For Spinoza mind and body are the same substance. Thus, mind and body are ontologically the same thing, the same reality or substance. The mind is inseparable from the body, and vice versa. He says, " the mind is united to the body because the body is the object of the mind" (Ethics 2, prop 21). But this does not mean that one determines the other or causes effects in the other, because in reality the mind and body are the same. They are different attributes of one fundamental reality. They are not causally related but intrinsically related, so we cannot say that one determines the other. Spinoza says that "the body cannot determine the mind to think, nor the mind the body to remain in motion or at rest" (Ethics 3, 2). This is because each acts simultaneously with the other, so it is illogical to say one determines the other.

This unity of mind and body as one substance is in contrast to Descartes' belief that mind and body are separate substances. For Descartes the mind and the body are independent realities, each able to exist without the other. He proudly proves this beginning in the second meditation when he concludes that doubt is possible as to the true existence of the body but there can be no doubt as to the existence of the thinking mind since this is what is either believing or doubting. The mind cannot doubt the existence of thinking, since even the doubt itself would require thinking to exist! But since the body can be doubted, and it is possible for thinking to go on without knowledge of the body, then one can conclude an independent existence for mind. Thus, a duality of mind and body. He also tries to prove such independent substances in the sixth meditation, where he states, "there is a great difference between mind and body", because the body is divisible while the mind is not. I can, in my mind, divide extended things into parts, but "when I consider the mind, that is, myself insofar as I am only a thing that thinks, I cannot distinguish any parts in me; rather I take myself to be one distinct thing" (Meditation 6, 86).

Spinoza does make a distinction, though, between thought and extension as two different attributes of the one ontological substance. Each thing is both thought and extension. The thought is what is known through ideas and the extension is what exists and is sensed physically. Thought is a mental property and extension is a physical property. While Descartes viewed thought as the property of mind and extension the property of bodies, Spinoza altered this view by asserting that a mind/body reality could be distinguished into separate attributes of thought and extension.

Yet, this altering of Descartes' metaphysics may actually be a subtle trick of language, since instead of separating mind from bodies Spinoza separates thought from extension -- but what is the real difference? What really is the difference between dividing reality into two different substances or dividing substance into two different attributes? Either way there seems to be a fundamental division. Would not the problematic relationship between thought and extension be equal to that of mind and bodies? The difference between the two philosophical views may be that Spinoza views thought and extension as inseparable two sides of the same coin. For Spinoza mind and body, thought and extension, are parallel realities, not having independent existences or independent causal series; while with Descartes' division there are two distinct existences with two distinct causal series.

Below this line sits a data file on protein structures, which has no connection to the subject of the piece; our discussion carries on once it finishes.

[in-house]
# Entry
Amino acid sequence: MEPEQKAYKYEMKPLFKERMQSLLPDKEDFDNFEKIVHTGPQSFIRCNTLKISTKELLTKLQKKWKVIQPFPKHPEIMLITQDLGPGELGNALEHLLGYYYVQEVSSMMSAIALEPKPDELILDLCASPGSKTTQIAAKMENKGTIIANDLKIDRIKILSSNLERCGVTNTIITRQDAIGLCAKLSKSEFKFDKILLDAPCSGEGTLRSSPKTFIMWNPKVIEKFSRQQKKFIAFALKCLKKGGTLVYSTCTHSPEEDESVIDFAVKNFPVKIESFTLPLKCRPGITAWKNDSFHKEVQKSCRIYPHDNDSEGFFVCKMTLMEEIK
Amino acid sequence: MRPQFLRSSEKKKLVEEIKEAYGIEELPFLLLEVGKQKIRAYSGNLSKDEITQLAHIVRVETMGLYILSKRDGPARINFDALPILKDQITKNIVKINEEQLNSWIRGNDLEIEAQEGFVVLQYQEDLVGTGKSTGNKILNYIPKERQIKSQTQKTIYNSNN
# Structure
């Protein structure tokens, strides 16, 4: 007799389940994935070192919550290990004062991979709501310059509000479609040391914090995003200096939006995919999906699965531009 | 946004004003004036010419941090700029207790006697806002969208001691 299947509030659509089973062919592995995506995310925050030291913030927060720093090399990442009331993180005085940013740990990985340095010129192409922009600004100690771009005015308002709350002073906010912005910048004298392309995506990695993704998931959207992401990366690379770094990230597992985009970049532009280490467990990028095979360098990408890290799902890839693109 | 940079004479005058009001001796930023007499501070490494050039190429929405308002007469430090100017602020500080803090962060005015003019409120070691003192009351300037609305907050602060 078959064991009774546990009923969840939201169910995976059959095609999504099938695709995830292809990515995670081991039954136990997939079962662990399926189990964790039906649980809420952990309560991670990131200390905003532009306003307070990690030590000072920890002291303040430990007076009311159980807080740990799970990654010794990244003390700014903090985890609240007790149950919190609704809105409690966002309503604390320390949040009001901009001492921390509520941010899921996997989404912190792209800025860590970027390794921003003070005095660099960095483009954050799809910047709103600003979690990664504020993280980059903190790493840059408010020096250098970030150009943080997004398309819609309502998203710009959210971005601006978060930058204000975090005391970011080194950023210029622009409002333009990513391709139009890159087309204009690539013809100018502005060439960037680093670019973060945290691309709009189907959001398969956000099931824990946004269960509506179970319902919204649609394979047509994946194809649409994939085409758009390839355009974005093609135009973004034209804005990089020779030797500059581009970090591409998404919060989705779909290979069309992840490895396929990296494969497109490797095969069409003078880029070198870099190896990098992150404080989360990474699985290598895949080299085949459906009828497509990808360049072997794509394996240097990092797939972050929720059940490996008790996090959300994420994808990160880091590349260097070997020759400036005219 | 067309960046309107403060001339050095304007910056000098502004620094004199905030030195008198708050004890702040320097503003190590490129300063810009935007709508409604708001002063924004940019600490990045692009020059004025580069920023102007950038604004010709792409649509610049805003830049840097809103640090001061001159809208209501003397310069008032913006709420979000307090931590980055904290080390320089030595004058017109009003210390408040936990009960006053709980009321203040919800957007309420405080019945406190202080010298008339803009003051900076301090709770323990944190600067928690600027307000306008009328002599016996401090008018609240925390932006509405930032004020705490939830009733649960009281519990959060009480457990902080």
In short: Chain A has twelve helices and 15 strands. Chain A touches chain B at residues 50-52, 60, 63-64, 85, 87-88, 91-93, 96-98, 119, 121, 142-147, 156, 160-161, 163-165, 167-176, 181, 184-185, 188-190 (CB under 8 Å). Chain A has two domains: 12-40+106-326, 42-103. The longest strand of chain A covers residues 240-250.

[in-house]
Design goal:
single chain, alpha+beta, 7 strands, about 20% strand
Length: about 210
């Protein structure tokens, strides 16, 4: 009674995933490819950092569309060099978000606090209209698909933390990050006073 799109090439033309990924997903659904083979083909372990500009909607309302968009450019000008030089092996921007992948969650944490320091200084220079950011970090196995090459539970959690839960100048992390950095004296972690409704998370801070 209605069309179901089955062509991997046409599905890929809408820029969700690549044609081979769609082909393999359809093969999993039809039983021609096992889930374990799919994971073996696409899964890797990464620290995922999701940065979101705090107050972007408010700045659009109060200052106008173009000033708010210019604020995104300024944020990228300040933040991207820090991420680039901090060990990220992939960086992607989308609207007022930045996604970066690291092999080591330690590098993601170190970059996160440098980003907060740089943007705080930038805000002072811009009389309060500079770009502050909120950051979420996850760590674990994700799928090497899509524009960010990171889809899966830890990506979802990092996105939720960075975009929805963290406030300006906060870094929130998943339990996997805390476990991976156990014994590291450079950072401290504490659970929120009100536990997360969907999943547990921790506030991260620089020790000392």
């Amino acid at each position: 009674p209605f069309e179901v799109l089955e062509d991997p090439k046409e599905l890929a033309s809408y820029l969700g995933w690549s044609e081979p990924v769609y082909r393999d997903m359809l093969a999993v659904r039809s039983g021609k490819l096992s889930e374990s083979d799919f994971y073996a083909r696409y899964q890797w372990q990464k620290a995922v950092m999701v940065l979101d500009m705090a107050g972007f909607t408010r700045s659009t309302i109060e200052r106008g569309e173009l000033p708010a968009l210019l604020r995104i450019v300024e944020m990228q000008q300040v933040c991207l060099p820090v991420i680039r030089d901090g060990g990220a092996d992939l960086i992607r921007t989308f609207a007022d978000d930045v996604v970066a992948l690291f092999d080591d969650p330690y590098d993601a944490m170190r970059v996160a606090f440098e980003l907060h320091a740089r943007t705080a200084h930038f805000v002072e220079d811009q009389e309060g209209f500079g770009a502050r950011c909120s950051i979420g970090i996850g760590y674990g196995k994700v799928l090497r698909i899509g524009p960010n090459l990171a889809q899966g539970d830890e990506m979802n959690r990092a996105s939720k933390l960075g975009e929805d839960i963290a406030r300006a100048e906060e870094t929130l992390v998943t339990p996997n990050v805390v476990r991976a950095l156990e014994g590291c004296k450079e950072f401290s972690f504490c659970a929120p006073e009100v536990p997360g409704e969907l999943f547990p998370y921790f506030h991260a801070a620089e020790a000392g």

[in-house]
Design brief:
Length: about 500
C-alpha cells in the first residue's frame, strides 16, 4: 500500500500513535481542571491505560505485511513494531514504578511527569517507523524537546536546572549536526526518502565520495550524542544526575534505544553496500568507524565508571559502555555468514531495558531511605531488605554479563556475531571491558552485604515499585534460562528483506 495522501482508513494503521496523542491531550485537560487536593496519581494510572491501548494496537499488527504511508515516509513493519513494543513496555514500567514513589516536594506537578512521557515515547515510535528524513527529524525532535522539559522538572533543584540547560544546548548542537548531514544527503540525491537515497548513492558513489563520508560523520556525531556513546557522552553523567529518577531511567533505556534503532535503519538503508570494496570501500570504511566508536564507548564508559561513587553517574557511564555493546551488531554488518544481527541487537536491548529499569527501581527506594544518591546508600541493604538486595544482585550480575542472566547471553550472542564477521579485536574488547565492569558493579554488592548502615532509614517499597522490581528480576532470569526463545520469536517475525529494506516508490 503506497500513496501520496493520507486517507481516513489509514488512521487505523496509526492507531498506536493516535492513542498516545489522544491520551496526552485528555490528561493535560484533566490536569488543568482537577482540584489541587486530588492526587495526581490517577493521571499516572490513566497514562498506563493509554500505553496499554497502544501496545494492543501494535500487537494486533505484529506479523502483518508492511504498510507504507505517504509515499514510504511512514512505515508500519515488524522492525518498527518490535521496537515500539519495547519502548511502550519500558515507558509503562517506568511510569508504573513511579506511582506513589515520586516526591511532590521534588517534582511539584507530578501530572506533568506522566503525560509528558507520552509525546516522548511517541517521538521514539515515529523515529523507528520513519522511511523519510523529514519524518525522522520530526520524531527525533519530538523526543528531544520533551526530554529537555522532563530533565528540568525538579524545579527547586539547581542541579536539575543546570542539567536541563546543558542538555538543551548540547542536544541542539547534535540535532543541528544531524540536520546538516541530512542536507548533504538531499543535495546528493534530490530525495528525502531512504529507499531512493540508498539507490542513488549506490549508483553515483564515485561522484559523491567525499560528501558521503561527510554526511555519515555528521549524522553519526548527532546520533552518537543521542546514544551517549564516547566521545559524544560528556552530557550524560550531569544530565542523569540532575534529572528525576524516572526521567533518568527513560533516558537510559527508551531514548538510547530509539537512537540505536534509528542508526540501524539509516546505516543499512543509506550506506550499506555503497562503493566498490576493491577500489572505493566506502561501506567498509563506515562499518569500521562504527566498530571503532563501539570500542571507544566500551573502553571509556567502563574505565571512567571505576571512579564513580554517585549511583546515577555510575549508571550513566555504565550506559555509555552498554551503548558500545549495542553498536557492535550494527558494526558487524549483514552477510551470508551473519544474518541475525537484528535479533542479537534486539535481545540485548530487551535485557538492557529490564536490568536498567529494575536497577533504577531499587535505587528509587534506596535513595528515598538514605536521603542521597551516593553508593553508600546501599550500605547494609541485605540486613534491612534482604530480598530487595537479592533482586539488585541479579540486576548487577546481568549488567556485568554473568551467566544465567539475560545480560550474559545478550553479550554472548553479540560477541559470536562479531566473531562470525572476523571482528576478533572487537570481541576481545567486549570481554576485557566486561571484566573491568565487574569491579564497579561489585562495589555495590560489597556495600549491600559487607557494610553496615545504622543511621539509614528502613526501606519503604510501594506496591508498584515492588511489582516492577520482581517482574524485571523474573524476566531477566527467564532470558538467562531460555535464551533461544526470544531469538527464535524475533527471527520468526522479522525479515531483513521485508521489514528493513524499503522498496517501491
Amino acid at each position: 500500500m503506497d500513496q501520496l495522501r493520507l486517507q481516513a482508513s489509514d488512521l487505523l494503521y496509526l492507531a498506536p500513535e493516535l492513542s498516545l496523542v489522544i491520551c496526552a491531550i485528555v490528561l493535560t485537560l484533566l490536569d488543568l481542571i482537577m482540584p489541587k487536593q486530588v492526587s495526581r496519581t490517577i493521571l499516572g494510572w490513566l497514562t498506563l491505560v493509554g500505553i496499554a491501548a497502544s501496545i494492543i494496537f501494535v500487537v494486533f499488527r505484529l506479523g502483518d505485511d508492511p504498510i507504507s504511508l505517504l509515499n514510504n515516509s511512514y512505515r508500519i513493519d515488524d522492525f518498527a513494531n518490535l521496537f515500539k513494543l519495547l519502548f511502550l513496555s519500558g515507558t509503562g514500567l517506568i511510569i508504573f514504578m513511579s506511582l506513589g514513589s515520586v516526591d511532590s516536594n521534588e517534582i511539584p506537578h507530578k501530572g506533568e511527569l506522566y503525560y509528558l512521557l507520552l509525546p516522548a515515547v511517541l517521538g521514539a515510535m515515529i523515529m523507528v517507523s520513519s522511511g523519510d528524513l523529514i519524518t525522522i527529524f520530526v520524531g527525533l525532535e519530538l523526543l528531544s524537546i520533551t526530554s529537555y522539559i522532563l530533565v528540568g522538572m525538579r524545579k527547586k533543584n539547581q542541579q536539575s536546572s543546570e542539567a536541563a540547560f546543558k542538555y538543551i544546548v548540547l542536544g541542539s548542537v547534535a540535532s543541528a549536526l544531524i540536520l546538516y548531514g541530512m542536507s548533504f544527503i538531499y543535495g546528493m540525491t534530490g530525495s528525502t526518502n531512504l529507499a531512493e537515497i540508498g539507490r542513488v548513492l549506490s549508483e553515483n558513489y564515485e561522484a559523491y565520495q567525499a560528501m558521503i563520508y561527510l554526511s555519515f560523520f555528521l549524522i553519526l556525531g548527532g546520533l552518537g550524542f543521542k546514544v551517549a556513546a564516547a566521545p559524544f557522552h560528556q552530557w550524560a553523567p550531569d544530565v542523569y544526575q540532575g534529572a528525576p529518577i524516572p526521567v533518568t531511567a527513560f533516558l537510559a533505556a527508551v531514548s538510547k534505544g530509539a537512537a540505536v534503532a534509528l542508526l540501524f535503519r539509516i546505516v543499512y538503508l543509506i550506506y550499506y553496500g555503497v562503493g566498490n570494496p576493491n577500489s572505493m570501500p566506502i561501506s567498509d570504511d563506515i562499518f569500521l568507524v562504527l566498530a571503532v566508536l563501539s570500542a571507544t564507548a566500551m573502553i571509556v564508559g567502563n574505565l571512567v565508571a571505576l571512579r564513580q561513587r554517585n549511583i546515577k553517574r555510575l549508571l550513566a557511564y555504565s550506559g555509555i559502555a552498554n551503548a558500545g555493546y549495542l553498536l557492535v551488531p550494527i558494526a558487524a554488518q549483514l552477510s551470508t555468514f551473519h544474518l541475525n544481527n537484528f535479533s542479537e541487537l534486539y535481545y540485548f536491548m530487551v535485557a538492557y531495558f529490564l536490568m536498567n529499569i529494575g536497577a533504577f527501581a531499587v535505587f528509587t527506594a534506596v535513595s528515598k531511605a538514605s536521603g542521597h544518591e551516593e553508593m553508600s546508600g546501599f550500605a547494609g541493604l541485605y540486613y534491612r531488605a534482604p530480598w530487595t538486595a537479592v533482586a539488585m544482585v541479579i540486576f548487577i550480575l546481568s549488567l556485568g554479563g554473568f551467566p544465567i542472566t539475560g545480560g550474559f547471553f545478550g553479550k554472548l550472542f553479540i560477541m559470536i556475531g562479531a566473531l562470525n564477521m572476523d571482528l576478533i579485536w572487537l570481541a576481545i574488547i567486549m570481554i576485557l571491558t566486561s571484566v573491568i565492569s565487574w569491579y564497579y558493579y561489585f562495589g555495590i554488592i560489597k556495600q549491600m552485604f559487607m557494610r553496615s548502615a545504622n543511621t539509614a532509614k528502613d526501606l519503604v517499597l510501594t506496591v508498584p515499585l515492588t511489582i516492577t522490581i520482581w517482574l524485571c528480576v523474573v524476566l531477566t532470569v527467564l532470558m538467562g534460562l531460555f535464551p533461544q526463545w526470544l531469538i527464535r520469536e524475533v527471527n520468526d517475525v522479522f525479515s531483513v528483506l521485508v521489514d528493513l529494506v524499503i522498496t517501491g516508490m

Spinoza believed the mind and body are different conceptually but not ontologically. They are two different ways of description, just as we could describe music psychologically (or aesthetically) and physically (or in terms of physics). Thus, reality can be described in terms of causally ordered physical bodies or as logically ordered sequences of ideas. Yet, there cannot be two different causal sequences, one of the mind and one of the body, but the same sequence conceptually viewed in different ways. The mind and body, for Spinoza, act simultaneously, or as mirror images of each other, so we cannot even say that one determines the other. Thought is the consciousness of extension and extension is the manifestation of thought, and neither has any freedom from the other.

But then, does the mind act according to mechanical determinism, as Descartes would view bodies? Or do bodies act as imaginably as the mind? If these are inseparable and simultaneous acts, then wouldn't my body change according to my immediate belief or imagination? Or opposite, wouldn't my mind be always stuck in the habits of my body with no means of escape? In Spinoza there seems to be a resulting causal determinacy in life with no real freedom of the mind or will to alter the monistic- materialistic chain of events. The Cartesian split at least allows for a freedom between mind and body, and vice versa, because there is some independence between the two.

But since Descartes divided the mind from the body, or thinking from the physical world, he had to find some means for the mind to understand and act upon the body, that is, an immaterial substance relating to a material substance. He had to find a way for thought to adequately know the world of which it is separate. Since Spinoza avoids the epistemological problems of Cartesianism, as well as those of Locke's empiricism, he does not have to posit a bridge between ideas and the physical world and, thankfully, he does not have to use God as the bridge builder, as Descartes cheaply did, although Descartes later used the pineal gland to explain the link between mind and body, though this still does not explain how the immaterial can functionally relate with the material.